Herein follows my reaction to John Conlin’s “About” page for his E. I. C. Enterprises educational initiative:
I found it after reading his excellent article about why capitalism works so well at American Thinker;
Good morning John,
Thank you for your writing (found at American Thinker) comparing the success of capitalism and free markets with the science of “swarm intelligence”.
It fits nicely with what the great Austrian economists (von Mises, Murray Rothbard, Walter Block, Hans-Hermann Hoppe, and others) have done with their parsing very finely the economic science, to the degree it can be called a science, that underlies human society. Their analysis shows the same thing, that a truly free market is the only way to optimize “economic benefit” in terms of each individual’s perception of same.
I followed the link to your E. I. C. Enterprises, and listened to your short video. I agree whole-heartedly with your explanations on the video and almost all your text.
Facts are what matter. Beliefs are something else, it is true. And the saying is recently oft-repeated, everyone is entitled to his own opinion, but not to your own facts.
This leads me to this paragraph from the page:
What is the fundamental basis for this fact-based paradigm? The simple fact that we evolved on this planet; nothing more and nothing less. And please, this fact says nothing about the existence of God.
Your disclaimer yells louder than your claim that “we evolved on this planet” is a fact. It recognizes that people with a bunch of PhD’s behind their names in the hard sciences have the same facts as any Dawkin or Hawking but have the beliefs based on well-argued logic that Darwinism and neo-Darwinism (aka “evolution”, aka “macro evolution”, aka “molecules to man”) are falsified by the facts.
The sentence is introduced by a pejorative, preemptive phrase used in contexts like this to shut down objections. It expresses a frustration with the undeniable fact that there are academically, secularly, super-credentialed physicists, cosmologists, biologists, biochemists, chemists, biomimetics researchers, and mathematicians that emphatically state these beliefs based on the same facts that are available to everybody on this whole planet.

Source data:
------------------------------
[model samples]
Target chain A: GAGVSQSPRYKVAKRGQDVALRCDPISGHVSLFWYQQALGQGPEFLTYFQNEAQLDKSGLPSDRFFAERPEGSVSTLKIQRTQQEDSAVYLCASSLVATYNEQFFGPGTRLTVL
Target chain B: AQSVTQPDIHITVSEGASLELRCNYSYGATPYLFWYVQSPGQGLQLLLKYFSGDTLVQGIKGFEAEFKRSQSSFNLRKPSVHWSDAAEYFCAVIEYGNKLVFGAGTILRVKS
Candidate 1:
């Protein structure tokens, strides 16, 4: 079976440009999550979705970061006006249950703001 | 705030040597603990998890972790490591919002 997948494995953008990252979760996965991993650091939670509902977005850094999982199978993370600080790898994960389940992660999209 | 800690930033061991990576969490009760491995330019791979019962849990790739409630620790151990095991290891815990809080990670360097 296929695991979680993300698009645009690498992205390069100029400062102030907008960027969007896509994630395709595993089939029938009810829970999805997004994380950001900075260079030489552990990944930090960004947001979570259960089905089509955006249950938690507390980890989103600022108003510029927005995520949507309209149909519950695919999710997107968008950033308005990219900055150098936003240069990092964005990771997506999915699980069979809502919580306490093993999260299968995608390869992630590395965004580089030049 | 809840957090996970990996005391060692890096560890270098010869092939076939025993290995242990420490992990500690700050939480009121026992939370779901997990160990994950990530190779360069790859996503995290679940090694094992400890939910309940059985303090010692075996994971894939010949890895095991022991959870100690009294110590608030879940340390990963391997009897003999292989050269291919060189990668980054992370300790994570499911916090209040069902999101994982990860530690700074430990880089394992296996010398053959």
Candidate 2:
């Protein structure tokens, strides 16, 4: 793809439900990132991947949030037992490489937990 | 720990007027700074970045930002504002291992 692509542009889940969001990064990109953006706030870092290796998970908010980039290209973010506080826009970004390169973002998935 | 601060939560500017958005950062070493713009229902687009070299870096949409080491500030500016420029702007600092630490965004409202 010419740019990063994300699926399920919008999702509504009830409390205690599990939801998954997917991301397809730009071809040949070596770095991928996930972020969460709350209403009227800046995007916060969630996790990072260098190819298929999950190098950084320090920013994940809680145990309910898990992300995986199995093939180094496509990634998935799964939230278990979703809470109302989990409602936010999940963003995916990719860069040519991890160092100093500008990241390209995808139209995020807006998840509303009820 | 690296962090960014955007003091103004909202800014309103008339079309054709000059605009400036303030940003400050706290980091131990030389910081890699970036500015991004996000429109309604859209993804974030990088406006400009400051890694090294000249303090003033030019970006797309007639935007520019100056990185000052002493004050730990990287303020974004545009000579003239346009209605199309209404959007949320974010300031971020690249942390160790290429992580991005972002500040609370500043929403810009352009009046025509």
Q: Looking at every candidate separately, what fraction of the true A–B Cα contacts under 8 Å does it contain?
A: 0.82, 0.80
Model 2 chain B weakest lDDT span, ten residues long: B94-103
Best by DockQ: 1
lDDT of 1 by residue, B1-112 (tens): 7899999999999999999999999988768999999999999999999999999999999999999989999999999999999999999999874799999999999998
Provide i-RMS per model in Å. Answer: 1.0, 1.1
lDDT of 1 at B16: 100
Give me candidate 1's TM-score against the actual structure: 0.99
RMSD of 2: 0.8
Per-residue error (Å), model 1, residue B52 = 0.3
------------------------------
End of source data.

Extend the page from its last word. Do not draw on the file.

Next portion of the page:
To explain further, there is also a difference (not meaning contradiction) the rejection of the idea of darwinian evolution as a “fact” or “factual”, versus advocacy for any particular explanation for “how we got here”, or for the reality of the world around us.
What’s more, among those who study the issue and have a belief, there is a clear difference between the “intelligent design” viewpoint and approach to research, and the “creationist” viewpoint and approach. The former includes the latter in its description.
Intelligent design theory studies the phenomena in the facts uncovered by hard science, there emerges a pattern that points to intelligent design in those phenomena. DNA, the anthropic principle, irreducible complexity, are examples. Some of the analyses and theories are used for Creation science studies, but they are not the same.
Creation science studies “the Creation” from the perspective of a Creation event, or with some researchers, creation events. Most of the studies you can find in this genre find evidence that shows a relationship between what we find in the fact-based scientific studies, with the Genesis narrative. There are a few Muslim scholars that fall into this category and others.
As a matter of fact, there are even some New Age-acolytes I have known that agree with a creation-type event (or events, some of them), who are of a belief in a self-aware and self-creating universe with intelligent life being in some way an intentional effect. But most of these devolve into the same kind of speculative fiction, such as the atheist cosmologists’ multi-verse conjecture to escape from the implications of the facts.